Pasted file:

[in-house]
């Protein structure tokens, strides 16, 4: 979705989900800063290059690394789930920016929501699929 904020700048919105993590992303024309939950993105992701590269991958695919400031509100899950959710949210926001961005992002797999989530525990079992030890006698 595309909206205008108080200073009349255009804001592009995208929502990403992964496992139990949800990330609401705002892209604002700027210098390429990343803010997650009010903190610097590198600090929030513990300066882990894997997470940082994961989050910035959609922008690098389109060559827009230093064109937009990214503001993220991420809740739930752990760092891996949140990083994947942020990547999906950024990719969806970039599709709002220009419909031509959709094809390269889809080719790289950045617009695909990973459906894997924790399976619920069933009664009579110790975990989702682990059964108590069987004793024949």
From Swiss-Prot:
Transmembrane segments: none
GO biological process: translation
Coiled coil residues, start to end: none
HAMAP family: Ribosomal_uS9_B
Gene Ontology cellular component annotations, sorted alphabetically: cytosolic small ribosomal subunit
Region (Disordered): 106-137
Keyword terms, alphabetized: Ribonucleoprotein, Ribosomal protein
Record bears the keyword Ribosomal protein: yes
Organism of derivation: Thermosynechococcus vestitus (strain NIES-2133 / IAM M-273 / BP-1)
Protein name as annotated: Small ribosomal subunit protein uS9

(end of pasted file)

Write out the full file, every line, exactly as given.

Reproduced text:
[in-house]
């Protein structure tokens, strides 16, 4: 979705989900800063290059690394789930920016929501699929 904020700048919105993590992303024309939950993105992701590269991958695919400031509100899950959710949210926001961005992002797999989530525990079992030890006698 595309909206205008108080200073009349255009804001592009995208929502990403992964496992139990949800990330609401705002892209604002700027210098390429990343803010997650009010903190610097590198600090929030513990300066882990894997997470940082994961989050910035959609922008690098389109060559827009230093064109937009990214503001993220991420809740739930752990760092891996949140990083994947942020990547999906950024990719969806970039599709709002220009419909031509959709094809390269889809080719790289950045617009695909990973459906894997924790399976619920069933009664009579110790975990989702682990059964108590069987004793024949």
From Swiss-Prot:
Transmembrane segments: none
GO biological process: translation
Coiled coil residues, start to end: none
HAMAP family: Ribosomal_uS9_B
Gene Ontology cellular component annotations, sorted alphabetically: cytosolic small ribosomal subunit
Region (Disordered): 106-137
Keyword terms, alphabetized: Ribonucleoprotein, Ribosomal protein
Record bears the keyword Ribosomal protein: yes
Organism of derivation: Thermosynechococcus vestitus (strain NIES-2133 / IAM M-273 / BP-1)
Protein name as annotated: Small ribosomal subunit protein uS9